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9.4. Restrict console messages

9.4.1. Restrict console messages from the system log

Generating a stready stream of console messages can easily overwhelm a 9600bps link.

Although displaying all syslog messages on the console appears to be a good idea, this actually provides the unprivileged user a simple method to deny effective use of the remote console.

Configure system log messages to the console to the bare minimum. Look in /etc/syslog.conf for lines ending with /dev/console.

Consider sending all log messages to another machine for recording and analysis. Figure 9-2 shows the standard /etc/syslog.conf from Red Hat Linux 7.2 modified to record log messages to a log server. Each line of syslog.conf has been repeated to send a copy of the message to the log server. The log server has the DNS alias loghost.example.edu.au; using a DNS alias allows the log server to be moved without updating the configuration of all the remote machines. The local copy of the log message is no longer the only means of determining the cause of a system failure, so we can gain some performance advantage by disabling synchronous file writes, although this increases the odds of an inconsistent filesystem (an issue with filesystems that do not do journalling). Placing a - before the filename disables synchronous file writes.

Figure 9-2. /etc/syslog.conf modified to copy log messages to a log server

# Log anything (except mail) of level info or higher.
# Don't log private authentication messages!
*.info;mail.none;authpriv.none;cron.none  @loghost.example.edu.au
*.info;mail.none;authpriv.none;cron.none  -/var/log/messages

# The authpriv file has restricted access.
authpriv.*                                @loghost.example.edu.au
authpriv.*                                /var/log/secure

# Log all the mail messages in one place.
mail.*                                    @loghost.example.edu.au
mail.*                                    -/var/log/maillog

# Log cron stuff
cron.*                                    @loghost.example.edu.au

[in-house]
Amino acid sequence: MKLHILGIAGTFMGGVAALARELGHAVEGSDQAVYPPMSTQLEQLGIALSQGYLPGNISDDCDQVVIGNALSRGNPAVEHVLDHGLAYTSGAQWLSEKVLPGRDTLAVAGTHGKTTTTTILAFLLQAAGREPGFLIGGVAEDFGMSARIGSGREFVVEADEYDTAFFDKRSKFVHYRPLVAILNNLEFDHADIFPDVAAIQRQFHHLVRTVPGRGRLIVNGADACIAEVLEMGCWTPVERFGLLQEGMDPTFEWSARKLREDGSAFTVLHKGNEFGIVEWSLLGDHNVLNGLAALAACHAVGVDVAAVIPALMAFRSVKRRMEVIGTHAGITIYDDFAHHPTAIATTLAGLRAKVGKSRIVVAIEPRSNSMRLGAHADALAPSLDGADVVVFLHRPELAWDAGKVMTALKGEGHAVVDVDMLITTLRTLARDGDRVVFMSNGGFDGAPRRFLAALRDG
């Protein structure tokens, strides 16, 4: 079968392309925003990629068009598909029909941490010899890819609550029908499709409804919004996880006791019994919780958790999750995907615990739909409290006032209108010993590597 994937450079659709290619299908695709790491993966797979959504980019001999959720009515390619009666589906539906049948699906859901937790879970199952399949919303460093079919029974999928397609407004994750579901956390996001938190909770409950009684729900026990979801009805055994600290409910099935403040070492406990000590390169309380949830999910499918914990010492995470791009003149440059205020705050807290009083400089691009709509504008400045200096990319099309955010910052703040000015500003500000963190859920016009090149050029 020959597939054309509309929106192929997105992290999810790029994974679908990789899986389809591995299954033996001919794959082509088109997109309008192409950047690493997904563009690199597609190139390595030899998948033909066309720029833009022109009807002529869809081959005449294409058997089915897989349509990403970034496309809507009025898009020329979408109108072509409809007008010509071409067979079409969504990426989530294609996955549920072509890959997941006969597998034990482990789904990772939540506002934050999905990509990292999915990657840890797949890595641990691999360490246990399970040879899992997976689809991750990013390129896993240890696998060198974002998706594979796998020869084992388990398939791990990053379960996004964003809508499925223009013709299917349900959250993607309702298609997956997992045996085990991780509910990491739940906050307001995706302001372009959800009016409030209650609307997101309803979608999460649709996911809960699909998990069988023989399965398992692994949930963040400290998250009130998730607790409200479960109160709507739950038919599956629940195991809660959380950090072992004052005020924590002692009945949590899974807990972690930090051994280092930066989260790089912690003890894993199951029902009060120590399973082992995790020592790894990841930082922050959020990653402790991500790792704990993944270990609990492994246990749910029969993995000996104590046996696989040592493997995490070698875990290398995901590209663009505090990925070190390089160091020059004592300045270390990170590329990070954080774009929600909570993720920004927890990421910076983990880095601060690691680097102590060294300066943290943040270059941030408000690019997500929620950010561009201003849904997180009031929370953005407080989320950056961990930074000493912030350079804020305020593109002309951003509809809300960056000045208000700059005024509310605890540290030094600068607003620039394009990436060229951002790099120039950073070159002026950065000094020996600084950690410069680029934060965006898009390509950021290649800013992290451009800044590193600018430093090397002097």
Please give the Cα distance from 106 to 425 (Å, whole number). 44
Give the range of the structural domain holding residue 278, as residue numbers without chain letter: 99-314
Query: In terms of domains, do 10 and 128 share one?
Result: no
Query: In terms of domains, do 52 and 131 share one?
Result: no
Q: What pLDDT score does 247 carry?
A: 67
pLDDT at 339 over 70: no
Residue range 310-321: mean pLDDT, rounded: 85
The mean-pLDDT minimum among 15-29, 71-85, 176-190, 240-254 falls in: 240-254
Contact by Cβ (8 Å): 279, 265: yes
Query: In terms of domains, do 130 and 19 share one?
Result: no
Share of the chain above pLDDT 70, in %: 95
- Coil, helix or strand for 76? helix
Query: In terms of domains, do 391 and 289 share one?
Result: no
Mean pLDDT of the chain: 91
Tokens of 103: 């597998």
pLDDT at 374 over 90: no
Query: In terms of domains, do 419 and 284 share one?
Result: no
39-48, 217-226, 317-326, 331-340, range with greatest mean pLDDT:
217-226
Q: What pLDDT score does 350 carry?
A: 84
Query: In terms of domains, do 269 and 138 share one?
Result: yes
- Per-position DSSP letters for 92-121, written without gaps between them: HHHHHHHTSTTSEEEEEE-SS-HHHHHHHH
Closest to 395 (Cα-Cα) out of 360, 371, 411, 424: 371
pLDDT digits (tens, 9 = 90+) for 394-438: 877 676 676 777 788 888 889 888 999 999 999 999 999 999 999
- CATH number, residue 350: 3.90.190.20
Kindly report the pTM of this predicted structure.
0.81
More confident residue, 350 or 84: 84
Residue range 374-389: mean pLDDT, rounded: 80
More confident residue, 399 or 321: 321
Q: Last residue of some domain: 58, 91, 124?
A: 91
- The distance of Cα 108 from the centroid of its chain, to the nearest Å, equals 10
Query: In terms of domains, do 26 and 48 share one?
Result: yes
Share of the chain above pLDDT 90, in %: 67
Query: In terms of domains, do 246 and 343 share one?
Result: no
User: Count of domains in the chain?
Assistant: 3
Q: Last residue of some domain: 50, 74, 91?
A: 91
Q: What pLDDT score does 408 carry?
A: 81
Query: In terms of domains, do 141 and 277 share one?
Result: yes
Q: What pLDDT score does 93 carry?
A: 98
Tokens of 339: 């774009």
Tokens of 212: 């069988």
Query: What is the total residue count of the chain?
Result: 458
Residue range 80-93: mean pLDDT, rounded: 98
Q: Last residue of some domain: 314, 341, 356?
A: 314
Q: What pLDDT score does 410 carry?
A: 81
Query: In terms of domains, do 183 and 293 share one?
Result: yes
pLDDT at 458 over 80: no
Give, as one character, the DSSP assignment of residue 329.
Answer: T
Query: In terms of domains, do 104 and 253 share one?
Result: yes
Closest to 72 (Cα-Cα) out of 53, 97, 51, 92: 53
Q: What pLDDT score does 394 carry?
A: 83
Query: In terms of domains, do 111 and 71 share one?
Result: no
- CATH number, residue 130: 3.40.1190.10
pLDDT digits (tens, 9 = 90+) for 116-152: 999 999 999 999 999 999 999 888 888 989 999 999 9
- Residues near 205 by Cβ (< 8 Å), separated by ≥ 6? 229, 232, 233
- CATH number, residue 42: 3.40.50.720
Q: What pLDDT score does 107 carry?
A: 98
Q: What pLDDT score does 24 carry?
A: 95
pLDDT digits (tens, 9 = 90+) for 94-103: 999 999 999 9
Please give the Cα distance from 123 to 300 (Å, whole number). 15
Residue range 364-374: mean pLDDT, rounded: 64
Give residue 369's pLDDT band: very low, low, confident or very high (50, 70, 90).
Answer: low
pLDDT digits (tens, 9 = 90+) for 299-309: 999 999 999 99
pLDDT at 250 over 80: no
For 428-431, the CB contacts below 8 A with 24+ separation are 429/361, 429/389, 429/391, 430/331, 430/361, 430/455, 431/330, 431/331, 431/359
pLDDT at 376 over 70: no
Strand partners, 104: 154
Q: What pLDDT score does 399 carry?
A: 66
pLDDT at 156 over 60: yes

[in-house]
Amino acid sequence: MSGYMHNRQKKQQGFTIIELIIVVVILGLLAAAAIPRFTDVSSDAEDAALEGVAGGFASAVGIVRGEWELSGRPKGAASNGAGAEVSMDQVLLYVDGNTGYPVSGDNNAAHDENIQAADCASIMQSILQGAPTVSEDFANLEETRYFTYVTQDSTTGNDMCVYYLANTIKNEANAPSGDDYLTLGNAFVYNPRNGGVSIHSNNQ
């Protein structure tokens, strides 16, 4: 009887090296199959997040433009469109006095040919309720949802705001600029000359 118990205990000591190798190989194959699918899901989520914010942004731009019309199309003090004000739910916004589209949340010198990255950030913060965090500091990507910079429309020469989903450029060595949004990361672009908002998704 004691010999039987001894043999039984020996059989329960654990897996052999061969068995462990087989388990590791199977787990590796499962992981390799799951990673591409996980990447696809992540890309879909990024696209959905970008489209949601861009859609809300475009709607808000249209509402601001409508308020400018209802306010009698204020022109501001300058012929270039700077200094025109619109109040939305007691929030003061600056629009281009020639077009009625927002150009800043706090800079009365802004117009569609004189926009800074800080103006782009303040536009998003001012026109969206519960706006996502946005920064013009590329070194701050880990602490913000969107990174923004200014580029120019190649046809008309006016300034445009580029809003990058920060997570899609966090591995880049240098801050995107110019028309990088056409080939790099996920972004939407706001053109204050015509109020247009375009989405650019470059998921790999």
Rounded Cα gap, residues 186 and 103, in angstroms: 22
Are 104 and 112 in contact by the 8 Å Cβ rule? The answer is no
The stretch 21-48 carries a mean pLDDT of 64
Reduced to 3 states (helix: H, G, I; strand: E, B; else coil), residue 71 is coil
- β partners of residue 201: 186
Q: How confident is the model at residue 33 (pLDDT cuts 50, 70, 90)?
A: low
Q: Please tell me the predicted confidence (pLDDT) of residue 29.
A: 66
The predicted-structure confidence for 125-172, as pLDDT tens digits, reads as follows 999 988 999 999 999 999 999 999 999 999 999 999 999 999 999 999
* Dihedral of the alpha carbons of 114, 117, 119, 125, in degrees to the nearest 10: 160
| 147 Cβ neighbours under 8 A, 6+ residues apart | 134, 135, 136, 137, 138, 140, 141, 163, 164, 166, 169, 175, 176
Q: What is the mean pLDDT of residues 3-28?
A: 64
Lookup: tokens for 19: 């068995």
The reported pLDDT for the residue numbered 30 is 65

cron.*                                    -/var/log/cron

# Everybody gets emergency messages
*.emerg                                   @loghost.example.edu.au
*.emerg                                   *

# Save news errors of level crit and higher in a special file.
uucp,news.crit                            @loghost.example.edu.au
uucp,news.crit                            -/var/log/spooler

# Save boot messages also to boot.log
local7.*                                  @loghost.example.edu.au
local7.*                                  -/var/log/boot.log

A log server is configured using the standard /etc/syslog.conf configured to allow the reception of remote syslog messages. This configuration for Red Hat Linux is shown in Figure 9-3. In addition to configuring the system log daemon, also prevent denial of service attacks by configuring IP Tables to restrict the sources of the syslog messages; and also improve performance by checking that nscd is running to cache reverse DNS lookups.

Figure 9-3. Allowing remote log messages by setting options in /etc/sysconfig/syslog

# Red Hat Linux default value, does not write timer mark messages
SYSLOGD_OPTIONS="-m 0"
# Add option to accept remote syslog messages
SYSLOGD_OPTIONS="${SYSLOGD_OPTIONS} -r"

Figure 9-4. Restrict syslog messages to remote.example.edu.au

 bash# chkconfig iptables on
 bash# /etc/init.d/iptables restart
# Allow all IP traffic from this machine
 bash# iptables --append INPUT --source 127.0.0.0/8 --in-interface lo --jump ACCEPT
# Perhaps filter other traffic
…
# Accept syslog messages from remote.example.edu.au
 bash# iptables --append INPUT --source remote.example.edu.au --protocol udp --destination-port syslog -j ACCEPT
# Silently drop unexpected syslog messages
 bash# iptables --append INPUT --protocol udp --destination-port syslog -j DROP
# Save the running configuration
 bash# /etc/init.d/iptables save

Figure 9-5. Using nscd to cache reverse DNS lookups

bash# chkconfig nscd on
bash# /etc/init.d/nscd restart

9.4.2. Restrict broadcast messages to the console

Users that are logged into the serial console should not accept broadcast messages. Add new files to /etc/profile.d to do this. Figure 9-6 shows a file for use by the Bourne shell.

Figure 9-6. Restrict sending of messages to console user

#
# Do we have files referred to?
if [ -x /usr/bin/mesg -a -x /usr/bin/tty ]
then
  # Are we on serial console?
  if [ `/usr/bin/tty` = /dev/ttyS0 ]
  then
    # Do not accept broadcast messages
    /usr/bin/mesg n
  fi
fi

As this file is run frequently, we use a faster but less readable version of Figure 9-6, shown in Figure 9-7.

Figure 9-7. Restrict sending of messages to console user, /etc/profile.d/mesg.sh

#
# /etc/profile.d/mesg.sh -- prevent people hassling the serial console user
[ -x /usr/bin/mesg -a -x /usr/bin/tty -a `/usr/bin/tty` = /dev/ttyS0 ] && /usr/bin/mesg n

We also need a C shell version, shown in Figure 9-8.

Figure 9-8. Restrict sending of messages to console user, /etc/profile.d/mesg.csh

#
# /etc/profile.d/mesg.csh -- prevent people hassling the serial console user
if (-X mesg && -X tty && `tty` == /dev/ttyS0) then
  mesg n
endif

Although mesg.sh and mesg.csh are included by the parent shell rather than executed, the files need the execute permission set. The procedure in Figure 9-9 installs the files and sets the permissions.

Figure 9-9. Install files into /etc/profile.d

bash# cp mesg.*sh /etc/profile.d/
bash# chown root:root /etc/profile.d/mesg.*sh
bash# chmod u=rwx,g=rx,o=rx /etc/profile.d/mesg.*sh